By Staff | April 21, 2008 | Last updated on April 21, 2008
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( (April 21, 2008) Canadians bought foreign, while foreigners bought Canada in February, according to Statistics Canada’s latest report on international transactions in securities. Canadians sharply increased their holdings of foreign securities by $6.1 billion in February. While non-residents acquired $3.8 billion worth of Canadian securities over the month, their largest monthly purchase since April 2007.

A large portion of Canadian investment money went into foreign bonds, StatsCan reports. February marked a $2.6 billion acquisition of foreign bonds, following two straight quarters of sell-offs in the context of the global credit market meltdown. Over the month, Canadian investors bought $2.4 billion worth of U.S. government bonds, which StatsCan says was fuelled by strong demand for medium-term bonds of five to 10 years as the yields on those instruments improved.

Canadian investors also seemed keen to wade back into the U.S. equity market after prices there reached an 18-month low. Canadian purchased $3.8 billion of foreign stock on the month — more than replacing January’s reduction of $2.3 billion — the majority of that money ($2.9 billion) went to buy U.S. shares.

Non-residents opted to invest heavily in Canadian securities. Following heavy purchases of $6.3 billion in January, non-residents added a further $3.7 billion worth of Canadian bonds to their portfolios in February. StatsCan notes that regionally, British and Asian investors accounted for the demand, while U.S. investors reduced their holdings by a sizeable amount.

Instead, U.S. investors seem interested in acquiring Canadian stocks. Non-residents bought $1.3 billion of Canadian shares in February, as Canadian stock prices rebounded. The majority ($1.2 billion) was in outstanding Canadian equities, with gold, mining and energy sectors, StatsCan reports.

According to StatsCan, since December 2007 investments by U.S. investors accounted for nearly all the monthly purchases of outstanding Canadian shares, as the U.S. stock markets posted consecutive losses.

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Expert regulatory panel seeks input

(April 21, 2008) The push for a single securities regulator in Canada took a step forward when the appointed expert panel officially launched its consultation process today.

The panel, appointed in February by Federal Minister of Finance Jim Flaherty, is seeking input to develop a model common securities act for Canada.

“The minister has given us a clear mandate — to help create a Canadian advantage in global capital markets,” said Thomas Hockin, a progressive conservative parliament member appointed as the panel’s chair. “Our goal is to seek input on the best way forward to improve securities regulation in Canada. To do that, we will seek the views of stakeholders on these issues.”

The consultation document provides background information on the topic, discusses the terms of reference and poses a series of questions the panel would like answers to. Interested parties will have several ways to participate, including direct contribution of their views through the panel’s website. The panel members, Ian Bruce, Denis Desautels, Hal Kvisle, Dawn Russell, Terry Salman and Heather Zordel, also plan a limited number of face-to-face meetings across the country. The deadline for submissions is July 15, 2008.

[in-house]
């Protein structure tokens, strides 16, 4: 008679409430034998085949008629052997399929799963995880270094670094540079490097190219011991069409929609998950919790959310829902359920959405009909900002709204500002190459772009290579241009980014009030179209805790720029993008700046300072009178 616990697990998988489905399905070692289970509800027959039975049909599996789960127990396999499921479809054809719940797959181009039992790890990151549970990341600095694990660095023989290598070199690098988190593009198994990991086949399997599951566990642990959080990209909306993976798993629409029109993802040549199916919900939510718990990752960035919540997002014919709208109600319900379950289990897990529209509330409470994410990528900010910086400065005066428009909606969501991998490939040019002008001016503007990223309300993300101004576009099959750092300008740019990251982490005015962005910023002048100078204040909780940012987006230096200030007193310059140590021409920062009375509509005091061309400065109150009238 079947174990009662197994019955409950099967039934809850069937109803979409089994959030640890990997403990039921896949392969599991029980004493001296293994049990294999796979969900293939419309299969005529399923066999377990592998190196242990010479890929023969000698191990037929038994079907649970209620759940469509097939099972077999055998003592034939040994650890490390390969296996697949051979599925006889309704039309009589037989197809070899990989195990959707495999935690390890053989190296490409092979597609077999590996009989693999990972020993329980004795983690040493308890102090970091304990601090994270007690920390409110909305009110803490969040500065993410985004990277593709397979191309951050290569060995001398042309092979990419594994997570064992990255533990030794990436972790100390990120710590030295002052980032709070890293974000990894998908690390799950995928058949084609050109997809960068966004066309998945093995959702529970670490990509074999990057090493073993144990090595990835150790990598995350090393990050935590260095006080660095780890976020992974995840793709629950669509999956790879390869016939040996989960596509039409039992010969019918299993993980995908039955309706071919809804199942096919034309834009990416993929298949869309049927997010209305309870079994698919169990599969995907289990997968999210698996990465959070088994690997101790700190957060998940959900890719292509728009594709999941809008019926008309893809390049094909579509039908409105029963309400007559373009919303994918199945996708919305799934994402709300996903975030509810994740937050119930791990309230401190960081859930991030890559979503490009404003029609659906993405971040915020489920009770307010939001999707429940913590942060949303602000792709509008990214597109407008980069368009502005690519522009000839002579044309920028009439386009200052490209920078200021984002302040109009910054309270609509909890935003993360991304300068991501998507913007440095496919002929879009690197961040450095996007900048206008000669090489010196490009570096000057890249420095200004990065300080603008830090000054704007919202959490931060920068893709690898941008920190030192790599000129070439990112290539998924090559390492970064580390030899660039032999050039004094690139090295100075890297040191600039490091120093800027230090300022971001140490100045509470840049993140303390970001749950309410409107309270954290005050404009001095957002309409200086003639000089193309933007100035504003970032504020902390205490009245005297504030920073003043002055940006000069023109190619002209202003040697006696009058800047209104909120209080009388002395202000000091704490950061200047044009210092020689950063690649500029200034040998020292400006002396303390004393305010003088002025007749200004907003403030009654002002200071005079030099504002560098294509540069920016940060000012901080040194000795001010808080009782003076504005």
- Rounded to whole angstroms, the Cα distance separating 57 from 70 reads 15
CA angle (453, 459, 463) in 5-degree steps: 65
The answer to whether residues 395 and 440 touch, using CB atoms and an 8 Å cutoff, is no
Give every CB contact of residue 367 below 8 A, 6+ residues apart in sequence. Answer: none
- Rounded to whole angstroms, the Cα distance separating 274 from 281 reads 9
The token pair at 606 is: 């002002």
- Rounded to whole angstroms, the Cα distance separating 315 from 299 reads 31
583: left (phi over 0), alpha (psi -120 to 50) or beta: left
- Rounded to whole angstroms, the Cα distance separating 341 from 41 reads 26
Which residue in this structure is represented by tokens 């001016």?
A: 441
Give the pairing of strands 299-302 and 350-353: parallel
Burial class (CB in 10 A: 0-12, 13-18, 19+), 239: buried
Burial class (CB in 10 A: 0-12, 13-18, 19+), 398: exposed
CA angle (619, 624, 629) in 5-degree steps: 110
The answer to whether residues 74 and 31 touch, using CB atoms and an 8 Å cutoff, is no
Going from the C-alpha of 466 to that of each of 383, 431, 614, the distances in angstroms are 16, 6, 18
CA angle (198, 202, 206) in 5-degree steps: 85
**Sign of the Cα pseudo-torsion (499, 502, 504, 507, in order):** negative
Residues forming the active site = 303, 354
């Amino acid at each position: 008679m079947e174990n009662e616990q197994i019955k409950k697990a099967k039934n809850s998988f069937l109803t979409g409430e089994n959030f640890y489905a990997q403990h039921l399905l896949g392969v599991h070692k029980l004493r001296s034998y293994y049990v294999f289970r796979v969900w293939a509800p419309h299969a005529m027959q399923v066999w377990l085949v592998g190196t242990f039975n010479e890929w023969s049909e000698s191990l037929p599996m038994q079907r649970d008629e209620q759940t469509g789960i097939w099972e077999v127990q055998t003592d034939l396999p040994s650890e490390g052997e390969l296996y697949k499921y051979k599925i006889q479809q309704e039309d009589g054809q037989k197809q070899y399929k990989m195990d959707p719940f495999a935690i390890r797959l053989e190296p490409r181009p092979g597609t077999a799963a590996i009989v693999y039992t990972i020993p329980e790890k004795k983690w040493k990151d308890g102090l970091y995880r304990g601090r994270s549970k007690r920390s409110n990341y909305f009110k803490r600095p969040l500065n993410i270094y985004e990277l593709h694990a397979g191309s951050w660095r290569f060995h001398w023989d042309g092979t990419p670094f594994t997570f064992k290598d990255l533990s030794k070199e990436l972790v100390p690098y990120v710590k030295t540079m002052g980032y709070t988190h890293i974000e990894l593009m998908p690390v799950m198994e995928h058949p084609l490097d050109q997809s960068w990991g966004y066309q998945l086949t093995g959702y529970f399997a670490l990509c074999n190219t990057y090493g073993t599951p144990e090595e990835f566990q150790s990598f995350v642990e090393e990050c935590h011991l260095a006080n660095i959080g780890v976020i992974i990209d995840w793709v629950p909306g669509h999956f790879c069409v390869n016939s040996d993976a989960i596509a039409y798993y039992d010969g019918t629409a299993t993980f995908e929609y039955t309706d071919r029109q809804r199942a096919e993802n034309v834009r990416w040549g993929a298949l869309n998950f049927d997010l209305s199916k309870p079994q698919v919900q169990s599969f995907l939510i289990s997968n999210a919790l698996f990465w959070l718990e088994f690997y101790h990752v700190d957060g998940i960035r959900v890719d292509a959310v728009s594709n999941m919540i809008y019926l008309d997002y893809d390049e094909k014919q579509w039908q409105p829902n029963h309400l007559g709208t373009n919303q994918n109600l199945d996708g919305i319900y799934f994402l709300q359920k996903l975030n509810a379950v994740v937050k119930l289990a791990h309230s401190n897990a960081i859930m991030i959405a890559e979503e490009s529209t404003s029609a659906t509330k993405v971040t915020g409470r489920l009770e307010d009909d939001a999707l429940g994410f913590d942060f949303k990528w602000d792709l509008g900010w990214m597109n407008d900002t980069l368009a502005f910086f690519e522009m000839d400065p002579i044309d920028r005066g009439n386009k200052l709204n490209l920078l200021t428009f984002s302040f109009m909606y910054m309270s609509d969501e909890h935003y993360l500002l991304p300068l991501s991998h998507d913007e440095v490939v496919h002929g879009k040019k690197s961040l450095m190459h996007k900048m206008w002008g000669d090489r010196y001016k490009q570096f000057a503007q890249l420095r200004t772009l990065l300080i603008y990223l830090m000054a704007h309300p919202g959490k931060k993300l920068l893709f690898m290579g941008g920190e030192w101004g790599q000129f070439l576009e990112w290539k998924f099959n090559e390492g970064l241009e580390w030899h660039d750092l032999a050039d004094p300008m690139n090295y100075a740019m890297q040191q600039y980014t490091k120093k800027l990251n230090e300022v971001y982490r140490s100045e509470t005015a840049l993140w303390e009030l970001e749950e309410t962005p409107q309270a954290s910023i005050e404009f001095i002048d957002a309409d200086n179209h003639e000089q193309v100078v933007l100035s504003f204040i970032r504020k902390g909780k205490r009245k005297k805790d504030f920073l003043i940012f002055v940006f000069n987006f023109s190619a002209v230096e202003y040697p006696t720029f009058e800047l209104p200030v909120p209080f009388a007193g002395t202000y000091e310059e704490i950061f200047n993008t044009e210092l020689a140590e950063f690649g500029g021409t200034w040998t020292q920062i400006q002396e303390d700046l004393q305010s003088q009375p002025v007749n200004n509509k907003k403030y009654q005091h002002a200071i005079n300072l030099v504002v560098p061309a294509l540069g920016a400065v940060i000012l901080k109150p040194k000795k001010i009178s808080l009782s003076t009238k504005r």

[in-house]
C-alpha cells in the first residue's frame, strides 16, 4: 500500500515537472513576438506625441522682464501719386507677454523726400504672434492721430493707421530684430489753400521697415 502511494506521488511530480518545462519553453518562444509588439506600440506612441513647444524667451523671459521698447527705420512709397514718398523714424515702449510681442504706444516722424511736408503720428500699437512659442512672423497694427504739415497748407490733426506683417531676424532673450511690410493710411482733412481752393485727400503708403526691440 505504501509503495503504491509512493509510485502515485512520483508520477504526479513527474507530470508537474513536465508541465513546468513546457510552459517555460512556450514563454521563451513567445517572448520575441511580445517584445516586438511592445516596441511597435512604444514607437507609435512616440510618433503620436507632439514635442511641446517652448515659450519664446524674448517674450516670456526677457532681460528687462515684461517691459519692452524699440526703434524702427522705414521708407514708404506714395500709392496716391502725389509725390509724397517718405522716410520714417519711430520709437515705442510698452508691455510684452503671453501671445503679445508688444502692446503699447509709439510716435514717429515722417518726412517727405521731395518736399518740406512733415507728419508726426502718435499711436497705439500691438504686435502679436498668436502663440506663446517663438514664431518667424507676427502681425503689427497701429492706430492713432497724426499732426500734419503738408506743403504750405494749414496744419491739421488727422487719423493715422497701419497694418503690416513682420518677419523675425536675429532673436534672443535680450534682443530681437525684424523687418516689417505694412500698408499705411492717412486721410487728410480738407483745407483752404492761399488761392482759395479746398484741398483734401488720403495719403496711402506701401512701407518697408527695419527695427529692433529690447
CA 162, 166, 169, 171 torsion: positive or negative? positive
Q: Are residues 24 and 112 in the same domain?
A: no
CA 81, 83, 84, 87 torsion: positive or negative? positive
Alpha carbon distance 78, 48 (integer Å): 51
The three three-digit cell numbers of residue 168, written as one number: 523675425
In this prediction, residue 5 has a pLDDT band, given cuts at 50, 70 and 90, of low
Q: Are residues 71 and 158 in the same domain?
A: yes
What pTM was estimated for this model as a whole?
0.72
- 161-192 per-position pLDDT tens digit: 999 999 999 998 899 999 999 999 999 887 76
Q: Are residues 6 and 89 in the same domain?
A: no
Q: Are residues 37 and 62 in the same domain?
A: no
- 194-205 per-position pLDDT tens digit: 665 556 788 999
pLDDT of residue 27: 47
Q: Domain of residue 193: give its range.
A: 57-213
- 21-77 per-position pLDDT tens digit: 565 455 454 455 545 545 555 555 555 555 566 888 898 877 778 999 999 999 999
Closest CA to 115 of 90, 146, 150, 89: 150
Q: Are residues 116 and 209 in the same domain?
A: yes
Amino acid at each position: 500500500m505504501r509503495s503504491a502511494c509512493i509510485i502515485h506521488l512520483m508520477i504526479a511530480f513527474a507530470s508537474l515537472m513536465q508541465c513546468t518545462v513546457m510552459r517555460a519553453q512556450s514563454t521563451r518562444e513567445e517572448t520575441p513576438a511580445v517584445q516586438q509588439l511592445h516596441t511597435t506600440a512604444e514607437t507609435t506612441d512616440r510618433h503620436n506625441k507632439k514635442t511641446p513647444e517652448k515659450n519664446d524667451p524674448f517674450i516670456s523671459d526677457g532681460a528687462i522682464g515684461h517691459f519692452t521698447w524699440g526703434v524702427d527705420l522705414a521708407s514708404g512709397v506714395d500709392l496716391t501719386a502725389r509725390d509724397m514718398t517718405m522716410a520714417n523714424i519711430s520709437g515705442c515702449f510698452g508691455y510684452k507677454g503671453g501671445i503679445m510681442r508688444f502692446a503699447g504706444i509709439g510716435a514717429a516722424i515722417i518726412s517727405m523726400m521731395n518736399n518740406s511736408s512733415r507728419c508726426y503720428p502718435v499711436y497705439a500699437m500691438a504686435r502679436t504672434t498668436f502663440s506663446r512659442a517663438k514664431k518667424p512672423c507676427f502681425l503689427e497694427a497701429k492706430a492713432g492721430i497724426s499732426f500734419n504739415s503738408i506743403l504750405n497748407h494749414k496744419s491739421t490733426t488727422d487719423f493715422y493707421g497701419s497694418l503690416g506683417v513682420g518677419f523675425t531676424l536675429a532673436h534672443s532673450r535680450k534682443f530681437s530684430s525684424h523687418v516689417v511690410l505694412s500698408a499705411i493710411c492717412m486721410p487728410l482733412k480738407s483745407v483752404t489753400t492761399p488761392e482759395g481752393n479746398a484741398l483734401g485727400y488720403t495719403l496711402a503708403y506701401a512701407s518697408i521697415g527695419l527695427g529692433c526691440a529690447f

Hockin said the consultation process will build upon the “positive steps” taken in recent years by the full range of partners, including provinces, territories and regulators, contributions by private sector groups, and international best practice.

The University of Toronto’s Capital Markets Institute (CMI) was appointed as the research resource to the panel. The CMI will assist in the design and direction of the panel’s research program. Paul Halpern, TSX chair in capital markets, Rotman School of Management, University of Toronto and Poonam Puri, associate professor of law, Osgoode Hall Law School, York University, will jointly carry out the function of research director.

Law firm Stikeman Elliot is now engaged to provide legal advice and assistance to the panel and is specifically tasked with developing the draft model common securities act.

The panel is expected to deliver a final report and draft model securities act by the end of 2008.

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BMO acquires Illinois-based muni-bond dealer

(April 21, 2008) BMO Capital Markets revealed that it has acquired Chicago-based regional bond dealer Griffin, Kubik Stephens & Thompson.

The buyout makes BMO the six-largest bank sixth-largest bank qualified municipal bond dealer in the United States and the largest in Illinois.

“This acquisition allows us to grow our U.S. fixed income business by broadening our scope and more than doubling the size of our municipal bond business,” says Tom Milroy, BMO Capital Markets’ CEO.

Charlie Piermarini, Executive Managing Director and Head of Debt Products & Securitization for BMO Capital Markets adds that the acquisition will help BMO Capital Markets delve deeper into the healthcare, education and financial sectors.

Right now, GKST has offices in Chicago, Monticello, Illinois and Milwaukee, Wisconsin and serves clients in 47 states and Puerto Rico. There’s no word on whether or not that will change once BMO takes over in June.

(04/21/08) staff


The staff of have been covering news for financial advisors since 1998.